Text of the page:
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Old Dec 27, 2003, 3:31 PM   #1
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Default c-4000 vs c-5000

Hello,

this question might be useful for olympus shoppers...

I noticed that the c-4000 is a bit more expensive than the c-5000...
something like 25-50 bucks, depending where you shop...

does anyone knows why ?

thanks
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Old Dec 27, 2003, 6:03 PM   #2
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Pricing does not make any sense to me either. Generally I think it is that the companies are receiving better incentives for selling the 5000 model. MFRs do this to push the inventory of their current camera stock.
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Old Dec 27, 2003, 7:11 PM   #3
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Not sure whats up with that pricing either. I can find the C4000 a little cheaper than the C5000 by ~ $30 - $40 US

I'm looking at the Olympus cameras trying to make a final choice. The C5000 has a few nice changes from the C4000, but some things I dont like as well. The retractable lens is a welcome addition, as is the smaller size. The hot shoe is a big plus. I'm not a fan of SM or xD (why not CF??). They went to a proprietary battery which is good for weight and size I guess, but I'd rather have the 4 x AA of the C4000.

The review of it here was less than glowing. The C4000 seems to be better in the performance and image quality areas.

Another concern I have is red eye performance. The C4000 is very good in this area because of (I think) the larger than average distance between the lens and the flash. The C5000 has moved them closer, and it may suffer from the typical red eye syndrome small cameras have. The 5000 does have the hot shoe though so an ext flash would fix that (at an additional cost).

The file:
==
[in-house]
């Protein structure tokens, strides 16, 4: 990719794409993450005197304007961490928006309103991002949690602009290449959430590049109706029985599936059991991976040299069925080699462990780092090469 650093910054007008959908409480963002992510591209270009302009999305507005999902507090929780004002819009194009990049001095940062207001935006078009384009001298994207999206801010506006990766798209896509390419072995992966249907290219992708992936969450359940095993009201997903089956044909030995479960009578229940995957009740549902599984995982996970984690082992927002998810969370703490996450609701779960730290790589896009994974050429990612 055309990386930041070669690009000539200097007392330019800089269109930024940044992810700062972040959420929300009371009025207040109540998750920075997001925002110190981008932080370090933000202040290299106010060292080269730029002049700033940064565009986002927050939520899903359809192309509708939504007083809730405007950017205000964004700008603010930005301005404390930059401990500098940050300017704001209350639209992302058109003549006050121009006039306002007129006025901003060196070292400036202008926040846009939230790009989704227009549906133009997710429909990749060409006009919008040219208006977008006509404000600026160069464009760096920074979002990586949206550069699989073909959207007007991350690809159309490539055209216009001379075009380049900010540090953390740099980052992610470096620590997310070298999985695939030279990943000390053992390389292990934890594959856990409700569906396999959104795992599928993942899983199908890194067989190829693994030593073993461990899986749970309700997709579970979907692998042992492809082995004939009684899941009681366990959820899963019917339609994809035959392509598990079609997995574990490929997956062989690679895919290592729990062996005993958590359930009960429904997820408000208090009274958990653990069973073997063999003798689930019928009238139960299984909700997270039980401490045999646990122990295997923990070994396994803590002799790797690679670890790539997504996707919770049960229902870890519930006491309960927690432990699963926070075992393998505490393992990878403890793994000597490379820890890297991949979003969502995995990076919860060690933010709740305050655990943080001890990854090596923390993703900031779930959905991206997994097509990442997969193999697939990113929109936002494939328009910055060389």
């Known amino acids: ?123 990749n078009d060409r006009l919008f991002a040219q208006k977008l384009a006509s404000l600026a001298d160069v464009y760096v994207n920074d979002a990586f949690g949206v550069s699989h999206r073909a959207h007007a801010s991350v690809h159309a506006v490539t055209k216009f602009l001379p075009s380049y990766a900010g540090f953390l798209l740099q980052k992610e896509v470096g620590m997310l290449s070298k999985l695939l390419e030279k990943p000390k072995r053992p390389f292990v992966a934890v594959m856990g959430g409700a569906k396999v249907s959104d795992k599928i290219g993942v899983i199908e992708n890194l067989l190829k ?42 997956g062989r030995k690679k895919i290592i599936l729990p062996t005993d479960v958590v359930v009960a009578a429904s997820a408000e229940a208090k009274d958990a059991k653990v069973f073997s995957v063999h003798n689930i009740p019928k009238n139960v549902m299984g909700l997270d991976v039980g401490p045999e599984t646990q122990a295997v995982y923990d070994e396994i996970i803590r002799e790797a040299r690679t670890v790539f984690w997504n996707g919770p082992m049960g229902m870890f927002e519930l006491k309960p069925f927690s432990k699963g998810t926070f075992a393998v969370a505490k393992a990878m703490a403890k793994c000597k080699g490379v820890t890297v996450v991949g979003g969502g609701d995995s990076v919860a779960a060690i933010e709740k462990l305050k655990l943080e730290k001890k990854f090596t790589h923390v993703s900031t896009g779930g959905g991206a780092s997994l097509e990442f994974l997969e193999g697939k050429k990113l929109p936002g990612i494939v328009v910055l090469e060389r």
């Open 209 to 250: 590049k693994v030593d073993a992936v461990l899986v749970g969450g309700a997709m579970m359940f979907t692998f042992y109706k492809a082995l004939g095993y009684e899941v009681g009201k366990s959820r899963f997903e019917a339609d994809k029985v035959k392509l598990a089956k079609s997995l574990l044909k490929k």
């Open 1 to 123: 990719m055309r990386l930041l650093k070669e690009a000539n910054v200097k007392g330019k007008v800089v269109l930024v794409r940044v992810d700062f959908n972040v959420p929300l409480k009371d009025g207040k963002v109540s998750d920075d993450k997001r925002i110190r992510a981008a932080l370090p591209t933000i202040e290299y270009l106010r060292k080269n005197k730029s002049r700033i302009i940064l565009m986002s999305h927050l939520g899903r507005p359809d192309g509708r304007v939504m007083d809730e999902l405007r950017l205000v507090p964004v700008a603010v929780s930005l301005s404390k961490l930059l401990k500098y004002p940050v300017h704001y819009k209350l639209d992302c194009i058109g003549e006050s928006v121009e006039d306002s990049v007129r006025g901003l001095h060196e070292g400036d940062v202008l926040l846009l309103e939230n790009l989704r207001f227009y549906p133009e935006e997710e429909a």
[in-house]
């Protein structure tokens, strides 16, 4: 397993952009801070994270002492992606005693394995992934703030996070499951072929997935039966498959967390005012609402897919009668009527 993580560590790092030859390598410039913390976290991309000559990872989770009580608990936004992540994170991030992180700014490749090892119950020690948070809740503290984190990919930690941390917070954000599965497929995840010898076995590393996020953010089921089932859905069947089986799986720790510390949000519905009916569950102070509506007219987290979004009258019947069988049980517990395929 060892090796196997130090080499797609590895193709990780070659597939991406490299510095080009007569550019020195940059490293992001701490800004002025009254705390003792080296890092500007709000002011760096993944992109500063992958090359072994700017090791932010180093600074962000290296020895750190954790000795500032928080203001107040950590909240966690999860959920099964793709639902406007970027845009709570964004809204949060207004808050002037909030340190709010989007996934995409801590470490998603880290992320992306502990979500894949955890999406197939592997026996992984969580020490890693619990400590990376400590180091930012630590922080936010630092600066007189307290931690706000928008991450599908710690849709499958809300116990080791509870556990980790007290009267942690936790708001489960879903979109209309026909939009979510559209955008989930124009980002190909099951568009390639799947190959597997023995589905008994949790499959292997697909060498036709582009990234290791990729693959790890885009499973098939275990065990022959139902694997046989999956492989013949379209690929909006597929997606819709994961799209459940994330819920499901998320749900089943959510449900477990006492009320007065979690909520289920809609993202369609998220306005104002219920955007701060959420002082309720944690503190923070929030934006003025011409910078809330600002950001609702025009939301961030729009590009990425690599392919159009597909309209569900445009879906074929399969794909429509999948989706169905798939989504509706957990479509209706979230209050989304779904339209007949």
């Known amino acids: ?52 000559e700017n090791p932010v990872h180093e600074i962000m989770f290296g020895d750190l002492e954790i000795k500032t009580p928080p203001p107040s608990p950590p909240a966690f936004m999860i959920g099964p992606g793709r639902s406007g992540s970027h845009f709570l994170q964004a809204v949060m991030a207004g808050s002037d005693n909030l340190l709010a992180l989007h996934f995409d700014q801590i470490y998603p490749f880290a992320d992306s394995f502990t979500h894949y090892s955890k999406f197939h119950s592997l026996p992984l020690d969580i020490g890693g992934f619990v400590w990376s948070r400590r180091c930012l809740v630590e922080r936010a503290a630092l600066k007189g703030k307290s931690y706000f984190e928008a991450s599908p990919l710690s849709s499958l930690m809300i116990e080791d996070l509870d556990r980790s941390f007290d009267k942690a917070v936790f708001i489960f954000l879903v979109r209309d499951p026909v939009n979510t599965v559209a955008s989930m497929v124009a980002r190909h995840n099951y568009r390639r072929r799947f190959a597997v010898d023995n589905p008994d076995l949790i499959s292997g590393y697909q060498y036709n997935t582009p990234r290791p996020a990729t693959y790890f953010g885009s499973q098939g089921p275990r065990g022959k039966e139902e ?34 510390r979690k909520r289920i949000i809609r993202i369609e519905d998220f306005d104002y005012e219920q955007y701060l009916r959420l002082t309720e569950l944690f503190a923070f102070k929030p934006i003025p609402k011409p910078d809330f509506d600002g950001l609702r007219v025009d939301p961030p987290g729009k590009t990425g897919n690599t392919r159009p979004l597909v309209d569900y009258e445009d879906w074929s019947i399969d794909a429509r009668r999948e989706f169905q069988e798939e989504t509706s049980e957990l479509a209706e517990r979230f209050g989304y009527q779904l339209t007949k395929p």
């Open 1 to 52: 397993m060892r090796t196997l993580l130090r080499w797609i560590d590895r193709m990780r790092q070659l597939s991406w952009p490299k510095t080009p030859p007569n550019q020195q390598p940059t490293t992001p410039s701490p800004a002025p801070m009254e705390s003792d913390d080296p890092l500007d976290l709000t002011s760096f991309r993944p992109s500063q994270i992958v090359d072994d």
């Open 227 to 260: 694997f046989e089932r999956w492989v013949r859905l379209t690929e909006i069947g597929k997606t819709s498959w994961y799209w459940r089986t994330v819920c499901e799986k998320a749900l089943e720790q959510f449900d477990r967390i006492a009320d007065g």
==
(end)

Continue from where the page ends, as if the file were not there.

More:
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Old Dec 27, 2003, 7:43 PM   #4
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what ? does that mean that we can't insert 4 AA rechargeable nimh batteries in the c-5000 ? I can't see how this is a problem because after all, the c-5000 comes with this:

"Li-10B Li-Ion rechargeable battery and charger included"


The reviews I read about the c-5000 was really good. All in all, they all say that the c-5000 does what it's supposed to do : take quality pictures.

Concerning the red-eye problem, I've read that c-5000 got a red-eye reduction option. So.. I don't know. It can't be that bad. Plus, I believe that some computer applications can get rid of them easily.

I can't figure how an older model (the c-4000) can be better than the c-5000 concerning the quality of the pictures. Their specifications are approx the same and the c-5000 got 5 mp instead of 4. Besides, one thing that bugged me with the c-4000 is that it can't take xd cards... so you're stuck at 128 megs (which is still big when you take SQ2 1024 X 740 pics but still...)


check this out (from olympus website) :
--
for the c-5000 :

CCD Imager: 5.0 megapixel effective
5.4 megapixel gross
Size 1/1.8 (.55 type) CCD

Lens: Olympus aspherical glass 3x zoom lens 7.8 23.4mm (38 114mm equivalent in 35mm photography)
Seamless Digital Zoom: 12X (3x optical and 4x digital combined)

Aperture Range: f2.8/f4.8 - f8.0

Shutter Speeds: 1/1000 sec. 16 sec.
ISO Auto, 50/80/160/320 (equivalent)


for the c-4000 :

CCD Imager : 4.0 Megapixel Effective
4.1 Megapixel
Size (in inch) 1/1.8 (.55) CCD

Lens : Olympus aspherical glass 3x zoom lens 6.5 - 19.5mm (32-96mm equivalent in 35mm photography)

Seamless Digital Zoom : 10X (3x optical and 3.3x digital combined)

Aperture Range: F2.8 F11

Shutter Speeds: 1/1000 sec. 16 sec.

ISO: Auto: 100/200/400
-------------

How exactly the c-4000 can take better pictures than the c-5000 ?

I don't get it, sorry I'm no professional...